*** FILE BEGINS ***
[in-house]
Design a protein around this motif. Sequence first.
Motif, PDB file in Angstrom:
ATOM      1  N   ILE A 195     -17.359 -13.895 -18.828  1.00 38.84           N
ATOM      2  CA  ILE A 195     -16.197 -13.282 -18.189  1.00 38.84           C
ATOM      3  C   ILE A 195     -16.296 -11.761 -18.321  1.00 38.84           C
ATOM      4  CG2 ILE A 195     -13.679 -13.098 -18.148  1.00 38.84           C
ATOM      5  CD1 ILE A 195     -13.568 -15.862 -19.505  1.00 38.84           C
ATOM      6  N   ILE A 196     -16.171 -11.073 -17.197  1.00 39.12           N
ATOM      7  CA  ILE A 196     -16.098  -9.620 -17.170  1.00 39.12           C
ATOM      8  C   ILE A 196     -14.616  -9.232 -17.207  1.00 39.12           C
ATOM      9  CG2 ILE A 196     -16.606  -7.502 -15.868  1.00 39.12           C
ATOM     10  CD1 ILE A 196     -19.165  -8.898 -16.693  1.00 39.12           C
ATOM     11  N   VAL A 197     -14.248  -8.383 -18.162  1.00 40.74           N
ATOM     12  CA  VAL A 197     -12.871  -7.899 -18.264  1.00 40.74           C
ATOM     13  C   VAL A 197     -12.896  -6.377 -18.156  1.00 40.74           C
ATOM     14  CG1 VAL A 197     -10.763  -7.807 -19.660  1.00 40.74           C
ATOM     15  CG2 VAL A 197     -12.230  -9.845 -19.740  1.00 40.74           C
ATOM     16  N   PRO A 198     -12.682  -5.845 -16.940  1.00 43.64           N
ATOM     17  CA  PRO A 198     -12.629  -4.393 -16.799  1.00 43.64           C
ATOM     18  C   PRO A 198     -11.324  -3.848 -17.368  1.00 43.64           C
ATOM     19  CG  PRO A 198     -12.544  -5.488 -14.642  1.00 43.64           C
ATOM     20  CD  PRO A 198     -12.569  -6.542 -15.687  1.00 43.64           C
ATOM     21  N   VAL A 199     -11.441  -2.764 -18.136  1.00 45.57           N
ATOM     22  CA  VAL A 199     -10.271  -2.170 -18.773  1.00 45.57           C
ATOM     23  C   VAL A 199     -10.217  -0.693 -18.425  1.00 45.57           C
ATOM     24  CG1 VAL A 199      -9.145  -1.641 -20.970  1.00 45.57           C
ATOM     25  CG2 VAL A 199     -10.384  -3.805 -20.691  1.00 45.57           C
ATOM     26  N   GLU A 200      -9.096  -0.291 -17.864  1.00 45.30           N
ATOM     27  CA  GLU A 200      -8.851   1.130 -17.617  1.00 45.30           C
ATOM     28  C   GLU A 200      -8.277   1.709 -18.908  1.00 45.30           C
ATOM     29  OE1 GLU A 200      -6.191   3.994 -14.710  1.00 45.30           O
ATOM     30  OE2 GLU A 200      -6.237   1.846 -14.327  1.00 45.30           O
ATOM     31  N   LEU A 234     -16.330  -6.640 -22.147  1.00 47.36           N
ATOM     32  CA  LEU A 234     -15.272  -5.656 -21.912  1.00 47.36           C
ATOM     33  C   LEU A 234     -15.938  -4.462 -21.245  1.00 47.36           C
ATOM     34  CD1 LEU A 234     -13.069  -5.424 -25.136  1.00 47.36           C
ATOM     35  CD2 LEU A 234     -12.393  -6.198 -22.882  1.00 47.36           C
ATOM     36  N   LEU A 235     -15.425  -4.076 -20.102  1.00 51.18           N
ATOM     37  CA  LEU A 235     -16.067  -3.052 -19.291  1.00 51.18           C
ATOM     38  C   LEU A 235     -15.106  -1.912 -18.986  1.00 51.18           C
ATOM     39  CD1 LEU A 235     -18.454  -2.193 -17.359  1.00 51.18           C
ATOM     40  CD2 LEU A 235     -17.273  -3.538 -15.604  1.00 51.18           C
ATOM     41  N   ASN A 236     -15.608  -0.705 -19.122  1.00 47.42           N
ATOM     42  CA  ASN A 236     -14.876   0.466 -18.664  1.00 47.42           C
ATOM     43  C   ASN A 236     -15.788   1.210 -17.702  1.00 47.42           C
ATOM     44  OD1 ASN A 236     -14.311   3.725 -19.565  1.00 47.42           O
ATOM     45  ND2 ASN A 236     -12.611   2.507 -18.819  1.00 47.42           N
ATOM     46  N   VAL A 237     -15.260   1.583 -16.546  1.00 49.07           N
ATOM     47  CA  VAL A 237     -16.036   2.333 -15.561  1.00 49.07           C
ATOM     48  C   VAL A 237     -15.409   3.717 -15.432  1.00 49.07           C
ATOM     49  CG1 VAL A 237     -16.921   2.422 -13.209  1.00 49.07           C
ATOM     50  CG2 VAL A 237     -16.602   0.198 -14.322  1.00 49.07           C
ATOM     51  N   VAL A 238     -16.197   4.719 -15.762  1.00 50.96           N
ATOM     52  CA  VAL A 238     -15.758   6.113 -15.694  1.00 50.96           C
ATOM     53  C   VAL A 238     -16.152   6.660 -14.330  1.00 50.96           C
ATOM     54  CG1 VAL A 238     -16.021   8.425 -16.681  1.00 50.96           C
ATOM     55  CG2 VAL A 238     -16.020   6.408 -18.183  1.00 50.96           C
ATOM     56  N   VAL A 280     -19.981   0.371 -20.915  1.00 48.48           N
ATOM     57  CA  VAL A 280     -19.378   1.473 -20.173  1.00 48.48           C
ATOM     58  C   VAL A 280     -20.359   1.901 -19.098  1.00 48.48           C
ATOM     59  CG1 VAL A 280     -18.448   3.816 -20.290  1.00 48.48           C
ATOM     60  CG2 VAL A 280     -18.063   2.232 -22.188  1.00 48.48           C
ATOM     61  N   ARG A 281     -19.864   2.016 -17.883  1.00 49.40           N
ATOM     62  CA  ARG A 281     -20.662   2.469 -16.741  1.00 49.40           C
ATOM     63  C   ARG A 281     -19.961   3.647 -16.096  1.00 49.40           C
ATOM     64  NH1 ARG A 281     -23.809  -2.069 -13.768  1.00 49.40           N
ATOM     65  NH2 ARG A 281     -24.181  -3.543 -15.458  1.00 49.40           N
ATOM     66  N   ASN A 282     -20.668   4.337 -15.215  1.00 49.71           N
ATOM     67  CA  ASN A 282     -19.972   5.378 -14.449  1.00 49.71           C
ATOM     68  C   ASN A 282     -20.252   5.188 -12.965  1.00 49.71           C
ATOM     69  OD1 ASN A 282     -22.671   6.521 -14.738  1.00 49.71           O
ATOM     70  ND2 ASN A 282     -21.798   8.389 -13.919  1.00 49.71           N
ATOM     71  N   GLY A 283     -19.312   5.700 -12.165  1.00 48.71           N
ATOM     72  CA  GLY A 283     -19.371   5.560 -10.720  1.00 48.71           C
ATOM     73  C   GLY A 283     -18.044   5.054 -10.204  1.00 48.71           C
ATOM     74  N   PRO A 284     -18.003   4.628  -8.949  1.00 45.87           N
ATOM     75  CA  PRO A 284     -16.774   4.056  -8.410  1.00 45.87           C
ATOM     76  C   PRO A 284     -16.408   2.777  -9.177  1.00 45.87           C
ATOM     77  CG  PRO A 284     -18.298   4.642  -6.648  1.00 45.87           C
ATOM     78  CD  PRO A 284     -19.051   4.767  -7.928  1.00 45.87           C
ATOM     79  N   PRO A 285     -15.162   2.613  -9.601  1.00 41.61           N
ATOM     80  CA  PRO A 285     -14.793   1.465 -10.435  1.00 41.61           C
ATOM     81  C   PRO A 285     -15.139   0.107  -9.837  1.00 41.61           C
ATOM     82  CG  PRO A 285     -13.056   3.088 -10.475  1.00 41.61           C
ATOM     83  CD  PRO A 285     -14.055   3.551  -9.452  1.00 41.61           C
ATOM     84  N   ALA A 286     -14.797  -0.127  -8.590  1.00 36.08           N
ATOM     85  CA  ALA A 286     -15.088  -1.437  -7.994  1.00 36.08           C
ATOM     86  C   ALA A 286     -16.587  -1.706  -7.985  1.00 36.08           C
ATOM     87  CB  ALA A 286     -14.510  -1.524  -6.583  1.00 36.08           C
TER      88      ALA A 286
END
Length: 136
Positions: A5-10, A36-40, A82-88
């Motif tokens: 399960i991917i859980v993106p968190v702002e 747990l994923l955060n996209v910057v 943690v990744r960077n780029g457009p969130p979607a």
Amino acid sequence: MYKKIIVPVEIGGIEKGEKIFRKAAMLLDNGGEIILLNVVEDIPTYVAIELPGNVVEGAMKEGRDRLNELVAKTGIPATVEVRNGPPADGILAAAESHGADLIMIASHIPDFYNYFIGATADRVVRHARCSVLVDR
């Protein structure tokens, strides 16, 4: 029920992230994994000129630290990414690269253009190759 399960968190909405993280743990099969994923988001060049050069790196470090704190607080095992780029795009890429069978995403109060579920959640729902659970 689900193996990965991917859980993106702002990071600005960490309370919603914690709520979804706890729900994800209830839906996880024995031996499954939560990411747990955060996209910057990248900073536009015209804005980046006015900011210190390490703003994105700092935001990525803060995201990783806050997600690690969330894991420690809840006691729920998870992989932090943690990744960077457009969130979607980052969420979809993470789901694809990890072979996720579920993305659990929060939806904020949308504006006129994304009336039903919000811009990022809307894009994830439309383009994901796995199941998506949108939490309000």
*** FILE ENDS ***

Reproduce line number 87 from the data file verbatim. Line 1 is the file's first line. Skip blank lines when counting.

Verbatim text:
ATOM     84  N   ALA A 286     -14.797  -0.127  -8.590  1.00 36.08           N